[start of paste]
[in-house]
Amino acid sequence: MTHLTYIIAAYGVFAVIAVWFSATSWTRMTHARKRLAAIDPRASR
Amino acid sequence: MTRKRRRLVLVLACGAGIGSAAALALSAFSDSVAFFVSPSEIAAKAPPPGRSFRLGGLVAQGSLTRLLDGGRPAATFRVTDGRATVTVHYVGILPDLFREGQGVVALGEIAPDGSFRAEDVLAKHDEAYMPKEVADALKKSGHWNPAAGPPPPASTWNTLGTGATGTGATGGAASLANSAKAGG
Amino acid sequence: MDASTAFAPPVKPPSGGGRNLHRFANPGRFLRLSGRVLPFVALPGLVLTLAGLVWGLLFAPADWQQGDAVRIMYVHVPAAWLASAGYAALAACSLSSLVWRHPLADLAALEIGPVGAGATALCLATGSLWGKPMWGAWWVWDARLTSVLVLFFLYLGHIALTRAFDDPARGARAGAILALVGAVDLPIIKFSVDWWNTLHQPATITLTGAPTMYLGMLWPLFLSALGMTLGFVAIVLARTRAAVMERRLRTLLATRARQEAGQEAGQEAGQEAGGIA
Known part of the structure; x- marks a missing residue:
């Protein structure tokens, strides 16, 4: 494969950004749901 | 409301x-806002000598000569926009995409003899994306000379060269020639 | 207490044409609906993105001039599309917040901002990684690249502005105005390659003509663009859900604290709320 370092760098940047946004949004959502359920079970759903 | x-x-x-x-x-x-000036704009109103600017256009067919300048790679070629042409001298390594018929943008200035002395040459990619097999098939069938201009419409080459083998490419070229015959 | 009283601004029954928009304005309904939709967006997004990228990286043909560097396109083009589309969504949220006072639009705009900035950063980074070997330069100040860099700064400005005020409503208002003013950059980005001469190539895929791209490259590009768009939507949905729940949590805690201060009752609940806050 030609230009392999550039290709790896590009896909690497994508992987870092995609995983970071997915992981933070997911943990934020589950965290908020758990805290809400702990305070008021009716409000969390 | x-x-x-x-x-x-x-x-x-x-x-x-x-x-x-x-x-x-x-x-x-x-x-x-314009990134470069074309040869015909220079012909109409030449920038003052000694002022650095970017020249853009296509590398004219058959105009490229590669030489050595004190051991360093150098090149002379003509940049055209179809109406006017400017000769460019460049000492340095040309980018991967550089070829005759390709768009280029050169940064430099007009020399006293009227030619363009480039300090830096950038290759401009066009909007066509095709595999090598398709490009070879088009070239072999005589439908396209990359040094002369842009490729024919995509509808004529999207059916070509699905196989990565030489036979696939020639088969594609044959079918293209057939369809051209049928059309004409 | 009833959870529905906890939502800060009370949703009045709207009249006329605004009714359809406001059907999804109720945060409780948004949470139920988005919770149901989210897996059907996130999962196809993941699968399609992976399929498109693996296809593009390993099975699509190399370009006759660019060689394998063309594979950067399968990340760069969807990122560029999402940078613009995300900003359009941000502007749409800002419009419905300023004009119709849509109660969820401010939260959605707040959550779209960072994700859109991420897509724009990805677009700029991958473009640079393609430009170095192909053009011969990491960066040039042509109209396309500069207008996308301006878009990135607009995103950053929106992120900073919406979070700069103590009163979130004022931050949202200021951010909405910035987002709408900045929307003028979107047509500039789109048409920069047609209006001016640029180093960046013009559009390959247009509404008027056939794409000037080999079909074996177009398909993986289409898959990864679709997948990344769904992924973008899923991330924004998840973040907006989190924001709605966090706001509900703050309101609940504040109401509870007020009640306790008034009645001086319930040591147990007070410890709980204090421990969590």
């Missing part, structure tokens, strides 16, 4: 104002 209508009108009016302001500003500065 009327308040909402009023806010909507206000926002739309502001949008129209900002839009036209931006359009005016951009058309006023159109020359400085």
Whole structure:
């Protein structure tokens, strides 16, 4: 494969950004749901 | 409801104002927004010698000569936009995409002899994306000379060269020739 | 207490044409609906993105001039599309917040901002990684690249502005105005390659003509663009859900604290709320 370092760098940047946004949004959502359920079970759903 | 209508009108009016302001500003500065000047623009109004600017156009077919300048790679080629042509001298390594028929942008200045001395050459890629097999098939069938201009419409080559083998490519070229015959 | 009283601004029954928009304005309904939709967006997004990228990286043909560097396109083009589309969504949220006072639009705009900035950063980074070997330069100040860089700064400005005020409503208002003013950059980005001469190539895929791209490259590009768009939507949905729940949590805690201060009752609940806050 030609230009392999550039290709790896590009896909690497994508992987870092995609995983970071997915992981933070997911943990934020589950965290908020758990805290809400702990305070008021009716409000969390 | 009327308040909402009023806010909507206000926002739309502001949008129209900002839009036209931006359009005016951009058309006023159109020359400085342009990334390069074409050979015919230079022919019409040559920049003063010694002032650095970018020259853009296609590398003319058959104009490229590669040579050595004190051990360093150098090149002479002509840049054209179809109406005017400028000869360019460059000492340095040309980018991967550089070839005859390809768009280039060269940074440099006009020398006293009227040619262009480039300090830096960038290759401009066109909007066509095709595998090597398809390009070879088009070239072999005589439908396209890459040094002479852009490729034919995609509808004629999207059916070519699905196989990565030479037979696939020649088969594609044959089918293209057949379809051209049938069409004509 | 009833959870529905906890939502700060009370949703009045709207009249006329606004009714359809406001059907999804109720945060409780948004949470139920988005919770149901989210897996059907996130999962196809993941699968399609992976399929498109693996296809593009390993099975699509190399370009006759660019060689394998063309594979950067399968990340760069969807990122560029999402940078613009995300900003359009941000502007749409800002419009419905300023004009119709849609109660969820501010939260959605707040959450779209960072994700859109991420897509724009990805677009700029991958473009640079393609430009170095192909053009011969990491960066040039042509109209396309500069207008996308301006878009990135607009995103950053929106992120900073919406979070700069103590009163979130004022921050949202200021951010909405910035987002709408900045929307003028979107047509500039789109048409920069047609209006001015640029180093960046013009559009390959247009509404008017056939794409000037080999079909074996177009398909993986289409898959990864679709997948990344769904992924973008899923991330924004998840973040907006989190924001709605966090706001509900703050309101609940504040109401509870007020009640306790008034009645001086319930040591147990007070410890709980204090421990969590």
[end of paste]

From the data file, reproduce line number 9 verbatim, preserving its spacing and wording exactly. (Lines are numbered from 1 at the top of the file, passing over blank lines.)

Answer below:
């Protein structure tokens, strides 16, 4: 494969950004749901 | 409801104002927004010698000569936009995409002899994306000379060269020739 | 207490044409609906993105001039599309917040901002990684690249502005105005390659003509663009859900604290709320 370092760098940047946004949004959502359920079970759903 | 209508009108009016302001500003500065000047623009109004600017156009077919300048790679080629042509001298390594028929942008200045001395050459890629097999098939069938201009419409080559083998490519070229015959 | 009283601004029954928009304005309904939709967006997004990228990286043909560097396109083009589309969504949220006072639009705009900035950063980074070997330069100040860089700064400005005020409503208002003013950059980005001469190539895929791209490259590009768009939507949905729940949590805690201060009752609940806050 030609230009392999550039290709790896590009896909690497994508992987870092995609995983970071997915992981933070997911943990934020589950965290908020758990805290809400702990305070008021009716409000969390 | 009327308040909402009023806010909507206000926002739309502001949008129209900002839009036209931006359009005016951009058309006023159109020359400085342009990334390069074409050979015919230079022919019409040559920049003063010694002032650095970018020259853009296609590398003319058959104009490229590669040579050595004190051990360093150098090149002479002509840049054209179809109406005017400028000869360019460059000492340095040309980018991967550089070839005859390809768009280039060269940074440099006009020398006293009227040619262009480039300090830096960038290759401009066109909007066509095709595998090597398809390009070879088009070239072999005589439908396209890459040094002479852009490729034919995609509808004629999207059916070519699905196989990565030479037979696939020649088969594609044959089918293209057949379809051209049938069409004509 | 009833959870529905906890939502700060009370949703009045709207009249006329606004009714359809406001059907999804109720945060409780948004949470139920988005919770149901989210897996059907996130999962196809993941699968399609992976399929498109693996296809593009390993099975699509190399370009006759660019060689394998063309594979950067399968990340760069969807990122560029999402940078613009995300900003359009941000502007749409800002419009419905300023004009119709849609109660969820501010939260959605707040959450779209960072994700859109991420897509724009990805677009700029991958473009640079393609430009170095192909053009011969990491960066040039042509109209396309500069207008996308301006878009990135607009995103950053929106992120900073919406979070700069103590009163979130004022921050949202200021951010909405910035987002709408900045929307003028979107047509500039789109048409920069047609209006001015640029180093960046013009559009390959247009509404008017056939794409000037080999079909074996177009398909993986289409898959990864679709997948990344769904992924973008899923991330924004998840973040907006989190924001709605966090706001509900703050309101609940504040109401509870007020009640306790008034009645001086319930040591147990007070410890709980204090421990969590």